Trends in Higher Education

Document Type

Conference Proceeding

Conference Track

Panels and Special Sessions

Publication Date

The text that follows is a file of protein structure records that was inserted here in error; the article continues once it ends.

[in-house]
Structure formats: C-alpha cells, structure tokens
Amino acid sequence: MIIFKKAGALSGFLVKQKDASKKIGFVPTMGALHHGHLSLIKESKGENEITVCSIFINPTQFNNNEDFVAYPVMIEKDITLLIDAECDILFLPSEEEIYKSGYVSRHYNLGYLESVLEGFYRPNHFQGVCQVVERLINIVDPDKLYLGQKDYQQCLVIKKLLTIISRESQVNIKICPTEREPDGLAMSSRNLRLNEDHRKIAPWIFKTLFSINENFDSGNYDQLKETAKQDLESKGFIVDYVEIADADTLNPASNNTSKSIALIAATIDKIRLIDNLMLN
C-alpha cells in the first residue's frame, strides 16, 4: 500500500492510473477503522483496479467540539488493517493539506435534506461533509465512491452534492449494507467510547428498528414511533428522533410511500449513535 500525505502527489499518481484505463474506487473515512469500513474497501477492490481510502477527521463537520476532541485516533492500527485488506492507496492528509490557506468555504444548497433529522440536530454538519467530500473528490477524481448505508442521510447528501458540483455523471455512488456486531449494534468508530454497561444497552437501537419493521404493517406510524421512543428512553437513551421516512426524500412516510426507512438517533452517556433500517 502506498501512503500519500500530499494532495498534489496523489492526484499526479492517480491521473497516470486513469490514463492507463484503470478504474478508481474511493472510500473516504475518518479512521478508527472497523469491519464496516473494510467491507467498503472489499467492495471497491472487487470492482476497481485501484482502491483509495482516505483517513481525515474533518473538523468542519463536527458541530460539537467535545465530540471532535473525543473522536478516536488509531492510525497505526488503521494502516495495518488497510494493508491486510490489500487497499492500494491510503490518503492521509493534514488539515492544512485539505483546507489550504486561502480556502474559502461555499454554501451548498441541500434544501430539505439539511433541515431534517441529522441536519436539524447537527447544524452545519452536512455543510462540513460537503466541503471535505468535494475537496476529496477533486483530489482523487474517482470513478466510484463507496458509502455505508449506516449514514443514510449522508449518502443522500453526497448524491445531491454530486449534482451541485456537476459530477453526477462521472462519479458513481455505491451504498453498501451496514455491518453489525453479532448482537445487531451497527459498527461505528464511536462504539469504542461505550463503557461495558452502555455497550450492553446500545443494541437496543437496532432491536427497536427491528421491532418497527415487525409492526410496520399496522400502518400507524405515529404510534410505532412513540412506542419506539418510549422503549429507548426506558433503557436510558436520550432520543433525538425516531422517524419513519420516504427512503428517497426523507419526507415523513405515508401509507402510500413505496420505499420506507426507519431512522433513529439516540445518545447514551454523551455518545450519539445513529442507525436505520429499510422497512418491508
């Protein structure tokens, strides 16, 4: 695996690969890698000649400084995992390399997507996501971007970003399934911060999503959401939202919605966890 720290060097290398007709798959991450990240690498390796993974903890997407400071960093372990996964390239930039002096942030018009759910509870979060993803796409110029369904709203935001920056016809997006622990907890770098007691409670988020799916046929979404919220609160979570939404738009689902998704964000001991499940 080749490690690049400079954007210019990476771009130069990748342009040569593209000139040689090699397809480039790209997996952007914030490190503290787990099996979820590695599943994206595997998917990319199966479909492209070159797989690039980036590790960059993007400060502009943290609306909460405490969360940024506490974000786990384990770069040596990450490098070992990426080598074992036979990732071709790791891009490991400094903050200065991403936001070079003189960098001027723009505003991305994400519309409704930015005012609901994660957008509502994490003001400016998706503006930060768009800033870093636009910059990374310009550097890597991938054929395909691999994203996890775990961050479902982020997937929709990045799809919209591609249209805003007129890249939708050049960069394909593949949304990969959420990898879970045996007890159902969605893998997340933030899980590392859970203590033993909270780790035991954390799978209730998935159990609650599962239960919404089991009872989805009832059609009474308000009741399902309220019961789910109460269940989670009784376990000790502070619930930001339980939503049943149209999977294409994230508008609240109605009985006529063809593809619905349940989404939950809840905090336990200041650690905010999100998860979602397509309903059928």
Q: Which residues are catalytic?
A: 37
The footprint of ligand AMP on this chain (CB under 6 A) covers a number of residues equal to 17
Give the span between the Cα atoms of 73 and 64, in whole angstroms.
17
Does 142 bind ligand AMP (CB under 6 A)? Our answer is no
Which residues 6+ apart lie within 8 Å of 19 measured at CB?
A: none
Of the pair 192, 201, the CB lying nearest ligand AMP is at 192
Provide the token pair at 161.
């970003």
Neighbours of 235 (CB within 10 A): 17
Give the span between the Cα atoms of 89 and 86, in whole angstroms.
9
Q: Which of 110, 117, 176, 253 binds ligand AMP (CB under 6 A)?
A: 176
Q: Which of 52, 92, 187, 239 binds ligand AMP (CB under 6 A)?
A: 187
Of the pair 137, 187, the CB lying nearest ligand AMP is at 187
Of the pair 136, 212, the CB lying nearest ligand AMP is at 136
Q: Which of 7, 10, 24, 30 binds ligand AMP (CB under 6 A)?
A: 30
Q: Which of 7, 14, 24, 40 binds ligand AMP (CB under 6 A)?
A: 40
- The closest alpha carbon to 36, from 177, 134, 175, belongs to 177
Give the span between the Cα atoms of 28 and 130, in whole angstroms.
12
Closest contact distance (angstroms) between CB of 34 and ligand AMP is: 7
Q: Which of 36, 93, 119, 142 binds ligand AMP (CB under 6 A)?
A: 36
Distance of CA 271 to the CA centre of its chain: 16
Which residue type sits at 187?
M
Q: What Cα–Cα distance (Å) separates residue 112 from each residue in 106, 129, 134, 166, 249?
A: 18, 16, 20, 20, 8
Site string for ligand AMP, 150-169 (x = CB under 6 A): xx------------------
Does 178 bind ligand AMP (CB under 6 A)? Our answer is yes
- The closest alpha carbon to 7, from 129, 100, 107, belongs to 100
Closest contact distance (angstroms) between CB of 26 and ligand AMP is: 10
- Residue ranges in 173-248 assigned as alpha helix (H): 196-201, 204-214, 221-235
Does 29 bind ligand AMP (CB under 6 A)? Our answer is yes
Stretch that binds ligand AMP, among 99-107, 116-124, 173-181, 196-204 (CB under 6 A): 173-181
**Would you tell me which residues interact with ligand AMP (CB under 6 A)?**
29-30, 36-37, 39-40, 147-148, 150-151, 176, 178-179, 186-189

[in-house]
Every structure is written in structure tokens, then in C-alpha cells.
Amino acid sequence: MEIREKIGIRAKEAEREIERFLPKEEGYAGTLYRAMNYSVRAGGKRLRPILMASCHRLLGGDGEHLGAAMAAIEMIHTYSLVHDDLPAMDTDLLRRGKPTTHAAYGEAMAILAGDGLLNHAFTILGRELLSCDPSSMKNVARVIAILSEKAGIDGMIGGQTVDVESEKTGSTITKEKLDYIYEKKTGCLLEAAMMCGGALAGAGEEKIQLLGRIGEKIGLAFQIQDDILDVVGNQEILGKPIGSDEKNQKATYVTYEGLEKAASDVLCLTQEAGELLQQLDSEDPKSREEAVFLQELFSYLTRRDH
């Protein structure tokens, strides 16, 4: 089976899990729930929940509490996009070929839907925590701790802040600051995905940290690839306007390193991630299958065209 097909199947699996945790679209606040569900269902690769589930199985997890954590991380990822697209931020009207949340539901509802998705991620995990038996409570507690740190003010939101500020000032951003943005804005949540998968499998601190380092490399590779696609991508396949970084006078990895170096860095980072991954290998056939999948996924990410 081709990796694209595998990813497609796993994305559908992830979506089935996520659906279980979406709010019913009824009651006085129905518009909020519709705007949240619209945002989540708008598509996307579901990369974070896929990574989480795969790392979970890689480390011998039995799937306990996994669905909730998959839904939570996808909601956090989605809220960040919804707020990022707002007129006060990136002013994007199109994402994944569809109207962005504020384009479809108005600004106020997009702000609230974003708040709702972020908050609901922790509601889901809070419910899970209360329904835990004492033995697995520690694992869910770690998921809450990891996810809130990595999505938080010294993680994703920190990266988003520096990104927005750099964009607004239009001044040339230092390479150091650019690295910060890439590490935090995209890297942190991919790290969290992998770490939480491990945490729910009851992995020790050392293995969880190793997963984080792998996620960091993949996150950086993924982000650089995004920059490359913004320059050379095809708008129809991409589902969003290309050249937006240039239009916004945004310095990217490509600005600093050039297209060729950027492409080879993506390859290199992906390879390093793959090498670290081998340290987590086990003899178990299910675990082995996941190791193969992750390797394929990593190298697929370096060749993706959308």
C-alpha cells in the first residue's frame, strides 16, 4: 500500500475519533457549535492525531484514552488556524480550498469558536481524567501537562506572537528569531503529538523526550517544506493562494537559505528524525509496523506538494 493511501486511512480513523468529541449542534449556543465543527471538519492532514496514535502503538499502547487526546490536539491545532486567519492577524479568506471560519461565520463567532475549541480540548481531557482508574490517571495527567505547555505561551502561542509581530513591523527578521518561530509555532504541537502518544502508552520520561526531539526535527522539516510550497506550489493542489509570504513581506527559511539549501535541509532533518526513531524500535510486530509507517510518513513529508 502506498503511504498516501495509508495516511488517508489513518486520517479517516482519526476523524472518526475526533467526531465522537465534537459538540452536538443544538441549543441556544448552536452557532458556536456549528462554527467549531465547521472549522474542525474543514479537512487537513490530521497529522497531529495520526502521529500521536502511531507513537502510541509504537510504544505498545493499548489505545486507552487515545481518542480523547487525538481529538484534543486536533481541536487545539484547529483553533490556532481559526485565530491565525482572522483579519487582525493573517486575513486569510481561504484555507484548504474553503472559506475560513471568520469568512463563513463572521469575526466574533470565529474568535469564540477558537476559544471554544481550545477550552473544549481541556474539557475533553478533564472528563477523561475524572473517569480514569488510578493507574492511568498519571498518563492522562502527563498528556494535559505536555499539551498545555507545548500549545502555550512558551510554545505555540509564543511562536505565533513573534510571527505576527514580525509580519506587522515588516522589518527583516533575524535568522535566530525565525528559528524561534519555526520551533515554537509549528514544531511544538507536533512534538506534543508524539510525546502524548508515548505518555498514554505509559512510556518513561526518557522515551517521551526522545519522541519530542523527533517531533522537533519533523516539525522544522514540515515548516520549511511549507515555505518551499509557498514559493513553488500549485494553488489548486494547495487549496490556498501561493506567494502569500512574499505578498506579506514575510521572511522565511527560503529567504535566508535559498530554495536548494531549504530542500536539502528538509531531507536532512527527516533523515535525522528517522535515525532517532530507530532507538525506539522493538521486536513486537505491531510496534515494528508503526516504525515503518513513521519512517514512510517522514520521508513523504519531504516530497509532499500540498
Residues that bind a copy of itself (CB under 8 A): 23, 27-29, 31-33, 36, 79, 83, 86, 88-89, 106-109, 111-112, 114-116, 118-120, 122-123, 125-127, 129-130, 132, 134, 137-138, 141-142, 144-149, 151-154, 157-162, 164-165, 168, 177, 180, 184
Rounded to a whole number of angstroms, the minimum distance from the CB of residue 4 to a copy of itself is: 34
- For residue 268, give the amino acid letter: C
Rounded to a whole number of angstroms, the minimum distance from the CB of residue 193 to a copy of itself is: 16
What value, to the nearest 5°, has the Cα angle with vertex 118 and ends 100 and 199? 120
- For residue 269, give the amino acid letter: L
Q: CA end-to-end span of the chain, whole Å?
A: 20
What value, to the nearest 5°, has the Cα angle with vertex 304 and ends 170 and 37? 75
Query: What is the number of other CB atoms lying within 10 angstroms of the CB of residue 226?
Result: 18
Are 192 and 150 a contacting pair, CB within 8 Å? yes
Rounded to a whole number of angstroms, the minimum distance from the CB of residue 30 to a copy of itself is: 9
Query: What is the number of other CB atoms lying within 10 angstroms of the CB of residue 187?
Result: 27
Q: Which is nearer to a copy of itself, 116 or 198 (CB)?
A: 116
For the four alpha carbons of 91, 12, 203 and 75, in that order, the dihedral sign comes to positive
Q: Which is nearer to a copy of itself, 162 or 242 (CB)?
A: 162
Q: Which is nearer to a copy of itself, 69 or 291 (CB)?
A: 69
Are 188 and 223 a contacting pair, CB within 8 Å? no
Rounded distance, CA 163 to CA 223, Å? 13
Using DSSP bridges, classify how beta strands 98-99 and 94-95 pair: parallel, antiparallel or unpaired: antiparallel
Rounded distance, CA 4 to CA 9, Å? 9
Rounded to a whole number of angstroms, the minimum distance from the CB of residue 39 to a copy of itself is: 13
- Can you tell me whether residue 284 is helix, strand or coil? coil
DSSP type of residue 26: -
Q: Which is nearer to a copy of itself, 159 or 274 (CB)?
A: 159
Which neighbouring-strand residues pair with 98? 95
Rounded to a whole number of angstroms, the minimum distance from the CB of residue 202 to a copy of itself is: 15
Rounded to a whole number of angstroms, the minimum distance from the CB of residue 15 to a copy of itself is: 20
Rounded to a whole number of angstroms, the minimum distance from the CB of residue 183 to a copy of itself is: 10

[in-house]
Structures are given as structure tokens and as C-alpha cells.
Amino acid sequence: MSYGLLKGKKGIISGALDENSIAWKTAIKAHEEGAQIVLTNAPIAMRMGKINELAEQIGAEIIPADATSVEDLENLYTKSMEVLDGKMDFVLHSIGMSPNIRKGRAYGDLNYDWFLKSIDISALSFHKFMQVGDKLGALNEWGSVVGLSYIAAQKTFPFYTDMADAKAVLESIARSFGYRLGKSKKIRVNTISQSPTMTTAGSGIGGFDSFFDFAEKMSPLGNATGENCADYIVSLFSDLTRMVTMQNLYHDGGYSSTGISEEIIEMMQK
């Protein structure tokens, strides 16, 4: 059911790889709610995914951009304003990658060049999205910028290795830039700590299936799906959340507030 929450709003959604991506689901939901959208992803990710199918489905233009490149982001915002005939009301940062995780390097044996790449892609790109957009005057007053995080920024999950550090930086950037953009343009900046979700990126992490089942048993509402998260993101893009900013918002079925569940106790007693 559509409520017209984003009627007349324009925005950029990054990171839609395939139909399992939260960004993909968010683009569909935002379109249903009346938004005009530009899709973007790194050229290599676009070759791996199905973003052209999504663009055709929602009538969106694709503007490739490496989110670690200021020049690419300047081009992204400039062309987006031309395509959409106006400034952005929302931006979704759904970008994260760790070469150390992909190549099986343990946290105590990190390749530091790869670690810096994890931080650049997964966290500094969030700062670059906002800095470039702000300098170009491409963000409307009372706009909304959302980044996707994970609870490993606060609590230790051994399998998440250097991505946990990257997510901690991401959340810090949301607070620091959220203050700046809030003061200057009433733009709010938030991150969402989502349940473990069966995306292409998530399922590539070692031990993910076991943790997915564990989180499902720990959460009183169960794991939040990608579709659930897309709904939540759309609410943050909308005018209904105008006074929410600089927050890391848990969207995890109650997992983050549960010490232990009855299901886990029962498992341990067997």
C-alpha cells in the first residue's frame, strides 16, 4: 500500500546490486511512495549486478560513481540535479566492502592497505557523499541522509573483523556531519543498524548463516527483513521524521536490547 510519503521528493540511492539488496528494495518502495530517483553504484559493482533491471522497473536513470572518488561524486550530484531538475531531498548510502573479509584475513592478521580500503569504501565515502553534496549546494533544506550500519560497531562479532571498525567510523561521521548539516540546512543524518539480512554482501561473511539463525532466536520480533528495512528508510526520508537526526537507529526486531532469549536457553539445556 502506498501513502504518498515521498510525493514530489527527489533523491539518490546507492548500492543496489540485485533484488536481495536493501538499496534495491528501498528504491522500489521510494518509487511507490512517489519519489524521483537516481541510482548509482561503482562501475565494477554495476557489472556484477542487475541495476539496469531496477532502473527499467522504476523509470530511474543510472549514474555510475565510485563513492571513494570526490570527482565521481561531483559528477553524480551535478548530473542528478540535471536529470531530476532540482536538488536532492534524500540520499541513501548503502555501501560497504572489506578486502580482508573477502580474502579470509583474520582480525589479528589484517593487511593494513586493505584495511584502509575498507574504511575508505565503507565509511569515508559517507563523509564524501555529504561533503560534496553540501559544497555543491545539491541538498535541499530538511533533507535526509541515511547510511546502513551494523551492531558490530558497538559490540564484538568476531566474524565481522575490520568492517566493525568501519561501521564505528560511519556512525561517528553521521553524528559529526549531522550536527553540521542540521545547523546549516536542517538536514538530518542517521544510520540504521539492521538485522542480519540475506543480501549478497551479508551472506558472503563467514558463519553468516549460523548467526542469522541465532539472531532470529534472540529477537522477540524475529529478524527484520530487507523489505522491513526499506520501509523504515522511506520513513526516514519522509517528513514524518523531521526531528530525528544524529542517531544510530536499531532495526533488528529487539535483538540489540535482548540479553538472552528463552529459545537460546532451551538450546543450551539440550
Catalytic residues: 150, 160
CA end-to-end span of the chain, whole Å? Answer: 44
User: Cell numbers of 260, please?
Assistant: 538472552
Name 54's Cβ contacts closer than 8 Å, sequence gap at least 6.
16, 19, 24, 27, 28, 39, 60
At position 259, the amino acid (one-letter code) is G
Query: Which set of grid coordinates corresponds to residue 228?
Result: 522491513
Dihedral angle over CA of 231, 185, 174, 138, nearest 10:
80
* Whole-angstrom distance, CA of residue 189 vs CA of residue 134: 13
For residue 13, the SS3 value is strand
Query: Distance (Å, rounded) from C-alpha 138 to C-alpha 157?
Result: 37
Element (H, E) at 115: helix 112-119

Today’s body of business research and practice is reaching new frontiers in many arenas, making it poignant to ask: How will the business curriculum change in order to provide excellence and satisfy numerous stakeholders? The purpose of this panel discussion is to foster dialogue that shares information about changes to the business curriculum in an environment characterized by sustained demand for effective teaching. Technology will continue exerting a profound impact on all aspects of higher education. Yet, the data suggests other factors of major influence, specifically: the ongoing increase in college enrollment, the continued dominance of business and other occupational degrees, the urgent need for funding to replace government sources, and a new emphasis on student/employee certification of knowledge. The major influences are consistent with several underlying theories. The Theory of Vocational Selection notes the singular importance of student personality with application to double-digit growth in veteran enrollment and projections for increased growth rates across the country. Agency Theory has relevance for its applications to stakeholders, specifically those between university-business and university-student. Strategy Theory cites the importance of innovation in both for-profit and non-profit industries. Theories of Change in Curriculum/Pedagogy present data related to flexible scheduling, new business degrees, more interdisciplinary programs, the re-emergence of military history in business curriculum, and the increase in certification exams, including those offered by Pearson, a renowned textbook publisher embarking on innovative products and delivery. Applications of theory find that universities have a new dependence on students – current and alumni - to replace the decline in public funding. Student enrollment is highly competitive within universities and across the industry. What many industries measure as ROA may be measured as enrollment and alumni donations in the industry of higher education. As this panel discusses changes in higher education, it will attempt to answer the question: How will the business curriculum change in order to provide excellence and satisfy numerous stakeholders?

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